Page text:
Bryant walks, flies out while playing LF for fourth time in bigs; Rizzo goes 0-for-2 as starting DH
By Phil Rogers
CINCINNATI -- Kris Bryant loves the daring of manager Joe Maddon, so he felt right at home playing for National League skipper Bruce Bochy in his first All-Star Game presented by T-Mobile on Tuesday night.
Bryant, who has been the Cubs' regular third baseman since late April, was inserted into left field in the sixth inning. It marked only the fourth time he's played left in the Major Leagues, but his college coach, University of San Diego's Rich Hill, feels that is Bryant's best position.
The seven-pitch at-bat against Betances was typical of the rookie's patient approach at the plate. His ability to play the outfield speaks to a career that could take him anywhere in the game.
On his way to being the second overall pick in the 2013 Draft, Bryant moved all around the field. He was a shortstop in high school and was in center field the first time that Sam Hughes scouted him for the Cubs.
Bryant knew before the game there was a chance he'd be used in left, but he didn't seem concerned about a recent lack of work out there.
"I haven't done it in a while, but I should be fine,'' Bryant said. "I can play there at any time.''
Bryant, who had no chances in his four innings in left, did say he was surprised when Maddon started him in center field during his first week in the Majors.
"I think it was my fifth game, too, and I'm starting out there in center field,'' Bryant said. "I hadn't done that in a while, but that's our manager for you. Joe Maddon's a great guy. He actually asked me where I feel more comfortable in the outfield. I said, 'Well, you make the lineup.' But I just told him center field, because you don't have to deal with hooks and all that.''
Bryant loves Maddon's willingness to move players around. He said it helps keep the game fun.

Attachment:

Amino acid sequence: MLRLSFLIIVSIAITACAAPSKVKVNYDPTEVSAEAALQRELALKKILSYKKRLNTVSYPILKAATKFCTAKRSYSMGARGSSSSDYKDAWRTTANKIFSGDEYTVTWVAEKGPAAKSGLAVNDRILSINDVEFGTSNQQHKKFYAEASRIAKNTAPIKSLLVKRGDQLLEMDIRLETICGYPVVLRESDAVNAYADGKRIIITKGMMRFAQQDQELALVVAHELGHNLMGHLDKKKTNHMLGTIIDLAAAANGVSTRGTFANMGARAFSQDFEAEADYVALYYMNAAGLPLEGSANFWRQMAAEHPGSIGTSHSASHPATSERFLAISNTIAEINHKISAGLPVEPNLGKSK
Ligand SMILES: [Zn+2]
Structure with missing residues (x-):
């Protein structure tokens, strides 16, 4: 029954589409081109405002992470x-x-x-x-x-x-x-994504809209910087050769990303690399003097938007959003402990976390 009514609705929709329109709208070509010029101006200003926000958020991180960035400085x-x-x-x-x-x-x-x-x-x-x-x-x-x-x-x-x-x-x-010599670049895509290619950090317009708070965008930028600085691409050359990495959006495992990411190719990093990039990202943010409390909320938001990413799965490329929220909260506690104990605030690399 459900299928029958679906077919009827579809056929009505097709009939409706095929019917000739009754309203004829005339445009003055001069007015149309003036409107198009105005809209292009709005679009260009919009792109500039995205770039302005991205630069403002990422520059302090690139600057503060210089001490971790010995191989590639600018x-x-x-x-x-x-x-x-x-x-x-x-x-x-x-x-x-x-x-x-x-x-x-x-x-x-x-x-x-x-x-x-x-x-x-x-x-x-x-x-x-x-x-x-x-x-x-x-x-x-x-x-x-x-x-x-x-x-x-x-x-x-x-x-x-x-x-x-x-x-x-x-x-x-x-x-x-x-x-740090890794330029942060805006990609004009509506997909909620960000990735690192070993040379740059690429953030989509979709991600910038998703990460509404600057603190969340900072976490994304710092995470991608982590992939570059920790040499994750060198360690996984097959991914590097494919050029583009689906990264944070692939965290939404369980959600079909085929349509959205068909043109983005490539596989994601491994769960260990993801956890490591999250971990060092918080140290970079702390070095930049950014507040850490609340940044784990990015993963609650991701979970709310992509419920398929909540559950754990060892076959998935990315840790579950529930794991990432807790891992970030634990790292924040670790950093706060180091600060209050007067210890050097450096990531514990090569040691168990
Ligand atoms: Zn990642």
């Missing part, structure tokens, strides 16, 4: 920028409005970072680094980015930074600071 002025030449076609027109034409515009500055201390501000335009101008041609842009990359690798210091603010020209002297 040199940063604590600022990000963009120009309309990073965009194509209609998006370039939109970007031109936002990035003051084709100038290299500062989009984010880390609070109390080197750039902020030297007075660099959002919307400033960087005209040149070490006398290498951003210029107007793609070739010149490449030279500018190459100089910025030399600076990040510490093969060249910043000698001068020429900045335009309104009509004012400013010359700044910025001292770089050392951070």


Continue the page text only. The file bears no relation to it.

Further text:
"The guys we have are willing to do anything,'' Bryant said. "Jonathan Herrera's been great off the bench. He's always ready, always got a bat in his hands. He's been a good teammate of ours, keeping it loose in the dugout. We've got a lot of guys that are very versatile. I think that's good to have on a team.''
Rizzo missed an opportunity in the second inning. He was batting with the AL infield in, one out and Paul Goldschmidt on third base, facing starter Dallas Keuchel.
It was a lefty-lefty situation, but those haven't bothered Rizzo this season (.338 average, after hitting .189 against them in 2013). He worked the count full but then got caught trying to pull an outside pitch, resulting in a weak grounder to Albert Pujols at first base. Luckily for Rizzo, he was picked up by Cardinals shortstop Jhonny Peralta, whose two-out bloop into right field scored Goldschmidt.
Rizzo faced the Rays' Chris Archer to lead off the fifth. He was looking to start a rally after the AL had taken a 3-1 lead with two runs off Clayton Kershaw, but Archer got him to hit a soft fly to center fielder Mike Trout on a 1-1 slider.
Bryant and Rizzo will leave Cincinnati with memories they'll share forever. Rizzo said he loved sharing the experience with Bryant, just as he enjoyed his 2014 trip to Minnesota alongside fellow All-Star Starlin Castro.
Bryant has no similar points of reference. Everything was new for him; everything was a wonder.
Bryant denied having to cheer up his father after Pujols defeated Bryant in the first round of the Home Run Derby.
"No, he was happy; I was happy,'' Bryant said. "It would have been really cool to win the Derby, but I just wanted to share the moment with him. We have a lot of cool memories to fall back on. That's another thing on his bucket list.''
Bryant's father, mother and girlfriend joined him in the back of a pickup truck for the afternoon Red Carpet parade through the streets of downtown Cincinnati. He said that marked another first for him -- his first parade as a featured attraction.
"That was really cool, to see all the fans out there,'' Bryant said. "Really good turnout. Actually saw a lot of Cub fans, too, so that was really cool.''
Rizzo succeeded in his goal.
"Really enjoy the moment,'' he said. "You never know if you'll be back here again.''
Phil Rogers is a national columnist for MLB.com. This story was not subject to the approval of Major League Baseball or its clubs.